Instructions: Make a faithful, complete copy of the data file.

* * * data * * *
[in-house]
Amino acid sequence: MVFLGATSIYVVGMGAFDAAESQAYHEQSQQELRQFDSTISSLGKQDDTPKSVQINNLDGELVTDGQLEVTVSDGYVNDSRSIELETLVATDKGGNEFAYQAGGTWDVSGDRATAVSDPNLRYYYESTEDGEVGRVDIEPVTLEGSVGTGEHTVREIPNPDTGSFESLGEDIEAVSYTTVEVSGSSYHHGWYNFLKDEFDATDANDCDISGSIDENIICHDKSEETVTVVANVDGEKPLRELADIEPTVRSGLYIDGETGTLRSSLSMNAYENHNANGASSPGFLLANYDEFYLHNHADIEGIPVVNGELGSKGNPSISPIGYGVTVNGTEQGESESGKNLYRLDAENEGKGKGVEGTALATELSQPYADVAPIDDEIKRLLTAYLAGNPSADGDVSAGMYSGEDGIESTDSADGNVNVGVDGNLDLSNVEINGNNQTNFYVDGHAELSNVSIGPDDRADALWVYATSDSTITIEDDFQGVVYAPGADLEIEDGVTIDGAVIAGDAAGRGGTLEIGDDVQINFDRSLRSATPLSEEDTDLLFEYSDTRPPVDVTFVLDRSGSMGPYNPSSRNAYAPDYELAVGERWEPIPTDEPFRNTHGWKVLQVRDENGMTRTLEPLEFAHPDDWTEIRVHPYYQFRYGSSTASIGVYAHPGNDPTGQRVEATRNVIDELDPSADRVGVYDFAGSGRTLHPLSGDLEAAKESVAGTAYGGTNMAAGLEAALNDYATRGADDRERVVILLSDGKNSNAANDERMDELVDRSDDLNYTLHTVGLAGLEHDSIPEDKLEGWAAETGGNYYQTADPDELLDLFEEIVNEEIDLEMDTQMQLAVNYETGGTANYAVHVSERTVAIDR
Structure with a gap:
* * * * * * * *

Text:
[in-house]
Amino acid sequence: MVFLGATSIYVVGMGAFDAAESQAYHEQSQQELRQFDSTISSLGKQDDTPKSVQINNLDGELVTDGQLEVTVSDGYVNDSRSIELETLVATDKGGNEFAYQAGGTWDVSGDRATAVSDPNLRYYYESTEDGEVGRVDIEPVTLEGSVGTGEHTVREIPNPDTGSFESLGEDIEAVSYTTVEVSGSSYHHGWYNFLKDEFDATDANDCDISGSIDENIICHDKSEETVTVVANVDGEKPLRELADIEPTVRSGLYIDGETGTLRSSLSMNAYENHNANGASSPGFLLANYDEFYLHNHADIEGIPVVNGELGSKGNPSISPIGYGVTVNGTEQGESESGKNLYRLDAENEGKGKGVEGTALATELSQPYADVAPIDDEIKRLLTAYLAGNPSADGDVSAGMYSGEDGIESTDSADGNVNVGVDGNLDLSNVEINGNNQTNFYVDGHAELSNVSIGPDDRADALWVYATSDSTITIEDDFQGVVYAPGADLEIEDGVTIDGAVIAGDAAGRGGTLEIGDDVQINFDRSLRSATPLSEEDTDLLFEYSDTRPPVDVTFVLDRSGSMGPYNPSSRNAYAPDYELAVGERWEPIPTDEPFRNTHGWKVLQVRDENGMTRTLEPLEFAHPDDWTEIRVHPYYQFRYGSSTASIGVYAHPGNDPTGQRVEATRNVIDELDPSADRVGVYDFAGSGRTLHPLSGDLEAAKESVAGTAYGGTNMAAGLEAALNDYATRGADDRERVVILLSDGKNSNAANDERMDELVDRSDDLNYTLHTVGLAGLEHDSIPEDKLEGWAAETGGNYYQTADPDELLDLFEEIVNEEIDLEMDTQMQLAVNYETGGTANYAVHVSERTVAIDR
Structure with a gap: